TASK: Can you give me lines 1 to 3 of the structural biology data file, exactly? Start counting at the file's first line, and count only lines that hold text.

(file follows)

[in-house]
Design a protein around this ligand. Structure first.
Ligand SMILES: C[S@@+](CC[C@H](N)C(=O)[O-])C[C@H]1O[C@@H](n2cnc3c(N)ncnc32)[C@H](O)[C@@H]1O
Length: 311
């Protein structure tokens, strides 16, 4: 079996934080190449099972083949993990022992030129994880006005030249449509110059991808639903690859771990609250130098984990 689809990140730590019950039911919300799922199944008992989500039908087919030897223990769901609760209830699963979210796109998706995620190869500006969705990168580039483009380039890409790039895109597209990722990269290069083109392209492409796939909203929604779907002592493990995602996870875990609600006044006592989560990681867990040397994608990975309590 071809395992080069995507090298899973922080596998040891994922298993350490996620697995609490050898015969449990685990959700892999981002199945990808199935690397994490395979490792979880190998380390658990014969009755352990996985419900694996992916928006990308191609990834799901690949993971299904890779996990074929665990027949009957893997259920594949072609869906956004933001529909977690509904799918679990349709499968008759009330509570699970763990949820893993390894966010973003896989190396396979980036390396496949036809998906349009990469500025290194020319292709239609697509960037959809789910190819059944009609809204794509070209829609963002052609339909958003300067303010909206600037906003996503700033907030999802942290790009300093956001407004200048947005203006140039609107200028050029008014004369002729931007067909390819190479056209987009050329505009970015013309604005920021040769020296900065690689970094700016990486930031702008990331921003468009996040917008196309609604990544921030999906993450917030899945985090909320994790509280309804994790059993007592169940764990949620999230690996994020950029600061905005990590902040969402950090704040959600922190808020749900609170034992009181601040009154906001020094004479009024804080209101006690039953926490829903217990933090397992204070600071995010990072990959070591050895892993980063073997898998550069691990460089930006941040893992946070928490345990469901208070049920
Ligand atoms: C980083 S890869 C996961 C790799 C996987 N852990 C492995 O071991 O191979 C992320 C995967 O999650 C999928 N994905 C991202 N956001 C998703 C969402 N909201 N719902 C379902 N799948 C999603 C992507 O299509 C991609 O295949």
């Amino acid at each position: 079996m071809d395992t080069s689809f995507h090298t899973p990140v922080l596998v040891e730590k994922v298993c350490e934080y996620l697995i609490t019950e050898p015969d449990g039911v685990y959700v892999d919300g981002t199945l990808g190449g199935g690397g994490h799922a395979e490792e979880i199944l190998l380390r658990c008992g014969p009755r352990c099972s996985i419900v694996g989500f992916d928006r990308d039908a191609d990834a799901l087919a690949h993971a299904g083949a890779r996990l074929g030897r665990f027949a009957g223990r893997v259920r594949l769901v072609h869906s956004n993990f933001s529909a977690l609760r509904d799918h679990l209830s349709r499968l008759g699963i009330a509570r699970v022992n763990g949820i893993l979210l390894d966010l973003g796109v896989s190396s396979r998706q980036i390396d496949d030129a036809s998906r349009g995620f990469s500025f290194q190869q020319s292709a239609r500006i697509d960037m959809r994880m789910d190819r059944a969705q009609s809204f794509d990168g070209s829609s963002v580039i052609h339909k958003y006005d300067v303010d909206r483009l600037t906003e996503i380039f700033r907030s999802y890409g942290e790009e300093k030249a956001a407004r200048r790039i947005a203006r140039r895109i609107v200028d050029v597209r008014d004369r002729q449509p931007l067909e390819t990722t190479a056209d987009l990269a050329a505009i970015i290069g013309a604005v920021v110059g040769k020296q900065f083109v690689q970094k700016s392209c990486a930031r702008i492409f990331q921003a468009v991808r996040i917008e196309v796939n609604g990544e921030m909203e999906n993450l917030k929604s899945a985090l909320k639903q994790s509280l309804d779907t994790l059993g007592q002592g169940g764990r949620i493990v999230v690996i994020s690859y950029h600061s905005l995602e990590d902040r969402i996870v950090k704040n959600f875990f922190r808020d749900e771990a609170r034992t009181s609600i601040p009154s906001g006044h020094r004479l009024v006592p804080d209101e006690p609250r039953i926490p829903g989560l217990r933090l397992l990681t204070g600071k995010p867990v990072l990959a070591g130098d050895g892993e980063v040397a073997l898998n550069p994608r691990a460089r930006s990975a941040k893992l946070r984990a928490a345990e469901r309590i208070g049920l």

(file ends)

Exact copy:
[in-house]
Design a protein around this ligand. Structure first.
Ligand SMILES: C[S@@+](CC[C@H](N)C(=O)[O-])C[C@H]1O[C@@H](n2cnc3c(N)ncnc32)[C@H](O)[C@@H]1O